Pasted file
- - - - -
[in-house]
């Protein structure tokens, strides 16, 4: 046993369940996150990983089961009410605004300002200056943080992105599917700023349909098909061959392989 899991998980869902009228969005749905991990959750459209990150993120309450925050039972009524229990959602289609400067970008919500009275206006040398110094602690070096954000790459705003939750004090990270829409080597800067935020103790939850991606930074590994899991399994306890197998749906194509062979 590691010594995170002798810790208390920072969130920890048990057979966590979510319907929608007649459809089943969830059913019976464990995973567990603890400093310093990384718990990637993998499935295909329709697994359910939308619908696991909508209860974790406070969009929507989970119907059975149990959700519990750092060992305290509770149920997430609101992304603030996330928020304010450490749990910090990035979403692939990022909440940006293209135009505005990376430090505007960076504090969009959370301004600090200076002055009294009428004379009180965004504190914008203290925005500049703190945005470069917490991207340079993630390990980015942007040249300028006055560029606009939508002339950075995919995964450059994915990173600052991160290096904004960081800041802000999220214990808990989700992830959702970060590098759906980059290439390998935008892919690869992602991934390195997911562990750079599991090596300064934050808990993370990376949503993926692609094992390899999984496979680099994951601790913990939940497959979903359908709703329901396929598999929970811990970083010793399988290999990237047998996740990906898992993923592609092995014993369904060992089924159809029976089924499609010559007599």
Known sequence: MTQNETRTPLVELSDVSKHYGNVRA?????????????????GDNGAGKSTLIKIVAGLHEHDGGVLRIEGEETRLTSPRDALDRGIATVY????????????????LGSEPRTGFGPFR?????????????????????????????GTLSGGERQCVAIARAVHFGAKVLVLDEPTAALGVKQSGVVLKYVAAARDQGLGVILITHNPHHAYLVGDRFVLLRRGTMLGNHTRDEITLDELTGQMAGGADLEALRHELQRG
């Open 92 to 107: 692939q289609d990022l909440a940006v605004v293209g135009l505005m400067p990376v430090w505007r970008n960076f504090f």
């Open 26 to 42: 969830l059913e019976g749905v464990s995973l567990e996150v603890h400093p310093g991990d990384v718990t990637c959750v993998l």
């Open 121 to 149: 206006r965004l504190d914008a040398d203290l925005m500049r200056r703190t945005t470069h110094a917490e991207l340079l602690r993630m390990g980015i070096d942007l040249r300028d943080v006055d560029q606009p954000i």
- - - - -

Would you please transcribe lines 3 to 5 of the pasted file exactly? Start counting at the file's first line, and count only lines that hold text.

Known sequence: MTQNETRTPLVELSDVSKHYGNVRA?????????????????GDNGAGKSTLIKIVAGLHEHDGGVLRIEGEETRLTSPRDALDRGIATVY????????????????LGSEPRTGFGPFR?????????????????????????????GTLSGGERQCVAIARAVHFGAKVLVLDEPTAALGVKQSGVVLKYVAAARDQGLGVILITHNPHHAYLVGDRFVLLRRGTMLGNHTRDEITLDELTGQMAGGADLEALRHELQRG
């Open 92 to 107: 692939q289609d990022l909440a940006v605004v293209g135009l505005m400067p990376v430090w505007r970008n960076f504090f």
């Open 26 to 42: 969830l059913e019976g749905v464990s995973l567990e996150v603890h400093p310093g991990d990384v718990t990637c959750v993998l």